Normally, the winter gives oxygen-starved waterways a chance to recover, as oxygen-sucking algae disappear and new oxygen-rich ocean water blends with the old. But not this time.
Tests by the state Department of Ecology (DOE) in the spring showed that oxygen levels in the deeper waters of Hood Canal stayed critically below average.
"The outlook doesn't look good," said Jan Newton, a University of Washington professor and DOE oceanographer. "This problem is not getting better, it's getting more severe. And we really need to step up our attention to it."
Because it is so narrow and deep, Hood Canal always has been slower than other parts of Puget Sound in replenishing itself with oxygen. But in part because it has been so critically low for at least two years, it started the winter with a deep deficit to overcome.
A year ago this week, more than 50,000 suffocated shiner perch washed up at Potlatch in Mason County. The previous spring, bottom fish were seen gasping at the surface like goldfish whose bowl water hadn't been changed.
For the past three years, Hood Canal has remained closed to fishing for most bottom fish, including halibut, lingcod and herring.
The situation at Hood Canal got so bad that Gov. Gary Locke last winter gave a Puget Sound Action Team $25,000 in emergency funds to study the problem, and a budget has grown to more than $600,000 to pay for programs to try to fix the problems.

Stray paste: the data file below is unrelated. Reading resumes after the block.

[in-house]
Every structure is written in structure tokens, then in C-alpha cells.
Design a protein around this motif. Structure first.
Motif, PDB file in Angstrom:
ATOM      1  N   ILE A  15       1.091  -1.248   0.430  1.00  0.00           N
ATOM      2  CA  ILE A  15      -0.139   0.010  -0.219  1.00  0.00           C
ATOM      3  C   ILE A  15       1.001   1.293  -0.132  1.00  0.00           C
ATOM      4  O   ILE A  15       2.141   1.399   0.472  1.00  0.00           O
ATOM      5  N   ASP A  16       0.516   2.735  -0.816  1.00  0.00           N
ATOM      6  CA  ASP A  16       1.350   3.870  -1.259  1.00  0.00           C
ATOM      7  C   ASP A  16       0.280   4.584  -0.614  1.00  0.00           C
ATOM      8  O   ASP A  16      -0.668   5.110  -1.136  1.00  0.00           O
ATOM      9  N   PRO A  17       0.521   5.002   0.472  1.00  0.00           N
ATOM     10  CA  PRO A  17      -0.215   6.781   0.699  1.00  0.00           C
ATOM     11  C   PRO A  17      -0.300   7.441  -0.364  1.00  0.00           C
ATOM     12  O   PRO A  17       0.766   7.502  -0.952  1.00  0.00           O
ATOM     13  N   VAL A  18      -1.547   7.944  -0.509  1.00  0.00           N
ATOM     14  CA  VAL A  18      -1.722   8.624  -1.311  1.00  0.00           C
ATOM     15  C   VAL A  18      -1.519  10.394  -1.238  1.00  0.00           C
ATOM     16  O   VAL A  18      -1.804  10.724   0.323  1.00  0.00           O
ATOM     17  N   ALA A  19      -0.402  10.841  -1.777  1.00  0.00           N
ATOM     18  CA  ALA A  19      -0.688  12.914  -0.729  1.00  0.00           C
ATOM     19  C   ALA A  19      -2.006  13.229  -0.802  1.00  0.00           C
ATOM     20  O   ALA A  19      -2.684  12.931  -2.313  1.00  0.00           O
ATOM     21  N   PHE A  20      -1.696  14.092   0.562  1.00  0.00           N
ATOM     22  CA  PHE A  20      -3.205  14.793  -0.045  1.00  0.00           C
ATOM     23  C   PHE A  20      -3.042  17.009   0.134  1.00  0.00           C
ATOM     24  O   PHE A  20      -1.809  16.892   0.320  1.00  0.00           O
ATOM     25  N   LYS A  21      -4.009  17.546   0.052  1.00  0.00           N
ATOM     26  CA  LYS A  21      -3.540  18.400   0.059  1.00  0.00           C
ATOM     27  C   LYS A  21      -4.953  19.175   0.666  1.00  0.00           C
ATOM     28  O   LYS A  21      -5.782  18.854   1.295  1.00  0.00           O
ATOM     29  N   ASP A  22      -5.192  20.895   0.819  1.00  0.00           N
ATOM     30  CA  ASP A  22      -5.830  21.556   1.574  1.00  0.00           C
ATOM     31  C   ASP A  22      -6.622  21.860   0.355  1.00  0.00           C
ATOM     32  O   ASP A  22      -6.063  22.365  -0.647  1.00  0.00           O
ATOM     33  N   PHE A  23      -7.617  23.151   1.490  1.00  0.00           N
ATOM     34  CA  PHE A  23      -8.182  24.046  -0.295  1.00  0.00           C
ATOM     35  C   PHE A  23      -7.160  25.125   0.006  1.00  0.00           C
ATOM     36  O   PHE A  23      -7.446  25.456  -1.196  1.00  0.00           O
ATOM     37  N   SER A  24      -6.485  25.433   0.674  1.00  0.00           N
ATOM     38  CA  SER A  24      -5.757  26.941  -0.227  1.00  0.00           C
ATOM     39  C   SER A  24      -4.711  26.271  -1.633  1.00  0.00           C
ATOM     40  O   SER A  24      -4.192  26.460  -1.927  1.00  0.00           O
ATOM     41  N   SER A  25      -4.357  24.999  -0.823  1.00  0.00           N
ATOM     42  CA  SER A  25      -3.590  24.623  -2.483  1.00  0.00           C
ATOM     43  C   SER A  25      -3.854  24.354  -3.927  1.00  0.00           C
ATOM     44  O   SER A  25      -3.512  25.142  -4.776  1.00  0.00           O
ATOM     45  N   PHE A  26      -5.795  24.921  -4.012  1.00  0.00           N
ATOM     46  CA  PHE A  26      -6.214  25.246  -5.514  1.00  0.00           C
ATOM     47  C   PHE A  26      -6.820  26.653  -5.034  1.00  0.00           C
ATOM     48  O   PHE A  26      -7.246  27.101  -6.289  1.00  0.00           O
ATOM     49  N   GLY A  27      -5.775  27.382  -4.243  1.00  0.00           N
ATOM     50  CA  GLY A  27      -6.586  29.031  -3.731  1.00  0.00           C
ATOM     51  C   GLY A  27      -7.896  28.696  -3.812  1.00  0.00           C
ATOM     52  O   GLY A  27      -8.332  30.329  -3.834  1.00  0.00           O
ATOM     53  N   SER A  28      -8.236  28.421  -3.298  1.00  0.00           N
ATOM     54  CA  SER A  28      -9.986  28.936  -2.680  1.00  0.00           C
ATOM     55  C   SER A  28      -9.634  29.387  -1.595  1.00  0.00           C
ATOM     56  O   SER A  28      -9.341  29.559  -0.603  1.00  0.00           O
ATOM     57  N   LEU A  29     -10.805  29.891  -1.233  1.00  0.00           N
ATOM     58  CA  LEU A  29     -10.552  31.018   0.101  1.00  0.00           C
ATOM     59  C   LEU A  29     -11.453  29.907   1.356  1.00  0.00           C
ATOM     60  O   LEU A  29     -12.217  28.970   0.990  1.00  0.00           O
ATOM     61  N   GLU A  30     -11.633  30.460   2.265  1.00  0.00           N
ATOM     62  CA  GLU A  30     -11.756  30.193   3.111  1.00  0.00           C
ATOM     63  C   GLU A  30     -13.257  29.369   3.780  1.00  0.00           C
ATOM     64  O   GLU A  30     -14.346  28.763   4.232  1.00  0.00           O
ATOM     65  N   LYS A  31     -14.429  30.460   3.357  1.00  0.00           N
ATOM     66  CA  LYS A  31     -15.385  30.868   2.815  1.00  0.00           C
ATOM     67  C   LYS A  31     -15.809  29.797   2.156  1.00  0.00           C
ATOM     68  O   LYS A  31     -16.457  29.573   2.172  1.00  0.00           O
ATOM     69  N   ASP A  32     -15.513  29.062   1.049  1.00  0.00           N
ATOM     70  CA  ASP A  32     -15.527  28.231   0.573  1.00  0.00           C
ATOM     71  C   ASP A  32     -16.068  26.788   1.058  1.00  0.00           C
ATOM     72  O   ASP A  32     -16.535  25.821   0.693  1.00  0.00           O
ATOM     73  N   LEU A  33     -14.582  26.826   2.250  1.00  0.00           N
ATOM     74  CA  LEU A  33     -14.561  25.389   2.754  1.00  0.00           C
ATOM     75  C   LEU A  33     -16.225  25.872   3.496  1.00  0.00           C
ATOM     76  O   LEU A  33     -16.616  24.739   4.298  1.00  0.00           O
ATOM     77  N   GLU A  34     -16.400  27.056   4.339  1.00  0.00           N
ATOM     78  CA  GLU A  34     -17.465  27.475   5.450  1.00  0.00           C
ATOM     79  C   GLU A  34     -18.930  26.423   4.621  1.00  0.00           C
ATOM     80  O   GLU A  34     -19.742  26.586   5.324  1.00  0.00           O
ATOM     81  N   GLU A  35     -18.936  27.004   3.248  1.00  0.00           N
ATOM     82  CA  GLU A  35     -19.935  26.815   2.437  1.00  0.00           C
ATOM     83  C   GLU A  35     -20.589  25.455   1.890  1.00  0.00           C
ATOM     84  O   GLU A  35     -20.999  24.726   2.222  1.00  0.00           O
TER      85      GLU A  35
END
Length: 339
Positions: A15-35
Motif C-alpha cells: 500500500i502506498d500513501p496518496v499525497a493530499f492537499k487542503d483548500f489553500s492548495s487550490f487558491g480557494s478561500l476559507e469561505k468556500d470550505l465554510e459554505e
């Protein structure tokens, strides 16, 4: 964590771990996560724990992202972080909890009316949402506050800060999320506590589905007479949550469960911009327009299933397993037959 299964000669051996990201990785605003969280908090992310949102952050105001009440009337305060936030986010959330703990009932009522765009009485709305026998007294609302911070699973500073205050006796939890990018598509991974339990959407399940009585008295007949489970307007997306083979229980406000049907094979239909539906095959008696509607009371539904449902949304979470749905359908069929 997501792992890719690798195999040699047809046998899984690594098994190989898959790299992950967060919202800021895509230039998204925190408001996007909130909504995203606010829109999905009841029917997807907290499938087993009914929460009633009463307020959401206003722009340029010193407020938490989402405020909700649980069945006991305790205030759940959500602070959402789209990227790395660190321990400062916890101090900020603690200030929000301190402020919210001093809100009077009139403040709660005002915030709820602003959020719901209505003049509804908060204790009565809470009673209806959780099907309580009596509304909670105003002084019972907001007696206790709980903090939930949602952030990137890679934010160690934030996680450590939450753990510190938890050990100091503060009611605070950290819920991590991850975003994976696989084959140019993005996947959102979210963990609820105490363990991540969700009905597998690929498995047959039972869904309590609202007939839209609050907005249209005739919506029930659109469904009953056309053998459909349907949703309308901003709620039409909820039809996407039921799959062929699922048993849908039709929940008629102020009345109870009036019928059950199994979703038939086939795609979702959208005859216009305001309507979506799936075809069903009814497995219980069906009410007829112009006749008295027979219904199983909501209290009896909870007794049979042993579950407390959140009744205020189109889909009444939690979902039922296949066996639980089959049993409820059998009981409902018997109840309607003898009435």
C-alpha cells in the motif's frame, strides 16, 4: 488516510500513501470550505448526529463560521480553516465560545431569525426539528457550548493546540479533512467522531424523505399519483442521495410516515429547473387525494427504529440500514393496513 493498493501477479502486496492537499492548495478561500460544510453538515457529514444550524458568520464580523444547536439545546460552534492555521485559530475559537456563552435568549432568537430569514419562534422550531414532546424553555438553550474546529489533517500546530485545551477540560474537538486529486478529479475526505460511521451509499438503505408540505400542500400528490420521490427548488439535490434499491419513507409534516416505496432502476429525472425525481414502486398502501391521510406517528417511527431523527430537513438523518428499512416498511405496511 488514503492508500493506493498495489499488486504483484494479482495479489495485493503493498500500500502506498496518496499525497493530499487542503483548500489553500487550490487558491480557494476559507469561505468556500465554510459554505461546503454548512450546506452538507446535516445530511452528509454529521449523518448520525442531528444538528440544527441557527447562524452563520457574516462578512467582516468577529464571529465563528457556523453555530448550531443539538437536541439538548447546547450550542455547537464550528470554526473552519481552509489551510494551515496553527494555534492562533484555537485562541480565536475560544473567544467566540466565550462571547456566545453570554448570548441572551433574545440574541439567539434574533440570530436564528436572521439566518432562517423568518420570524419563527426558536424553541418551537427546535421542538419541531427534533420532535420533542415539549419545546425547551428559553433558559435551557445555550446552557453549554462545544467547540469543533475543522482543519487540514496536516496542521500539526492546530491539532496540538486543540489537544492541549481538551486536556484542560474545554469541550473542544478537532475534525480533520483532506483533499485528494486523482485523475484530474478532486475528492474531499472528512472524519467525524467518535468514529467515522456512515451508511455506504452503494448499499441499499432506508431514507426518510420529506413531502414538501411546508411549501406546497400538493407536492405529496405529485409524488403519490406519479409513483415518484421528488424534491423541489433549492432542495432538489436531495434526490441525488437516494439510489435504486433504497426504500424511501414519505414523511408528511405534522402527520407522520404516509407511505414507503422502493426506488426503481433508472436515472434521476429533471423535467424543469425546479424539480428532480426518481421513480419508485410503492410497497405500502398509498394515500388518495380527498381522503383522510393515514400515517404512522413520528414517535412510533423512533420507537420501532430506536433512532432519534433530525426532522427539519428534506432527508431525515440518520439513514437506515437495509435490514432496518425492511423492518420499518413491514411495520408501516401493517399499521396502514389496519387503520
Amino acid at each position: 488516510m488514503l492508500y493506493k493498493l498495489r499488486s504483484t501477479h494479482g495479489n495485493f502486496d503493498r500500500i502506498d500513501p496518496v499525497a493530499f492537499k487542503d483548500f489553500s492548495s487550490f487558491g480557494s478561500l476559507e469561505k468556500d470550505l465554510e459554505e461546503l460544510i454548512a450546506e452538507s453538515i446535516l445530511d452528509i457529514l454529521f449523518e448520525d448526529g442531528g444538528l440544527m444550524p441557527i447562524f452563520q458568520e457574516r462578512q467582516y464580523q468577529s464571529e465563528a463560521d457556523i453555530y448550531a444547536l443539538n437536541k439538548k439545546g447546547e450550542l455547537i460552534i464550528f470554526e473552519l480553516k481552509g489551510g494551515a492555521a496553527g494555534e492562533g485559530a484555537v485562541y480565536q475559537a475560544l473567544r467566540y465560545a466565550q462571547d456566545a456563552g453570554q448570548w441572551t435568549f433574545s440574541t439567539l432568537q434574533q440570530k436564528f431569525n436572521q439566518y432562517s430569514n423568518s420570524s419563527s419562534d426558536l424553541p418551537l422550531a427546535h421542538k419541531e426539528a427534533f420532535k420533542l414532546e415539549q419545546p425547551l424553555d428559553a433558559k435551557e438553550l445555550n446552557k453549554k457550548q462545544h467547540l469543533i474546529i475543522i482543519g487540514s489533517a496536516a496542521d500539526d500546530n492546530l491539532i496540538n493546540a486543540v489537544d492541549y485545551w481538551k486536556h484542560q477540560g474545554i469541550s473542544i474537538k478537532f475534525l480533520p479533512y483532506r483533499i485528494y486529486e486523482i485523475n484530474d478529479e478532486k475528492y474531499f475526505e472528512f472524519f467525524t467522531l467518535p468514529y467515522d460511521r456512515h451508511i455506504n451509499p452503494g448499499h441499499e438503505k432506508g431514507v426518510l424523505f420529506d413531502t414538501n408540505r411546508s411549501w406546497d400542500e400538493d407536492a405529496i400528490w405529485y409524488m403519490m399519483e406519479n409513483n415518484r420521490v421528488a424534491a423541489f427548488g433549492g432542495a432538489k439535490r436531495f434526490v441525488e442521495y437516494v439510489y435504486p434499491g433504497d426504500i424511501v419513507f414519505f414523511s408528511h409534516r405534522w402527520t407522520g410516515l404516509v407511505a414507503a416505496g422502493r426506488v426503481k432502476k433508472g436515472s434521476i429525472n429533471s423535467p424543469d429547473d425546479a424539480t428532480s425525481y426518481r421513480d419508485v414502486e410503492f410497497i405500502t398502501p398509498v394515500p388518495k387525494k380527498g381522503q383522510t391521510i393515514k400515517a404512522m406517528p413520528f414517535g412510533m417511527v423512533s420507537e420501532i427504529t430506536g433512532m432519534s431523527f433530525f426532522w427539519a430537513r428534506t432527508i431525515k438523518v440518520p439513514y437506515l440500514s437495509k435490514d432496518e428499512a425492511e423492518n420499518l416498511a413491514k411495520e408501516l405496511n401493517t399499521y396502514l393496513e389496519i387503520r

Algae blooms in the canal have been identified as the chief culprit. When algae die and decompose, they sponge oxygen out of the water in deadly quantities.
Nitrogen in the water causes the abnormally large blooms. A study released last month said that leaking septic tanks of homes along the canal are the chief source of nitrogen there. Other sources include storm-water runoff and cattle manure that is allowed to seep into streams and rivers that flow to the canal.
The report recommends building a sewer system for Hood Canal residents and enacting programs to curb runoff. Fishermen who discard dead chum salmon into the canal also have been asked to find other ways to get rid of the carcasses.
The Puget Sound Action Team has money ranging from $10,000 to $100,000 a project for businesses, schools, local governments or tribes that come up with specific plans. In the meantime, biologists were pleading with homeowners to fix their septic tanks and curb runoff from their lawns.
"Humans do have that ability to tip the balance," Newton said. "And we could be tipping the balance without that much extra effort."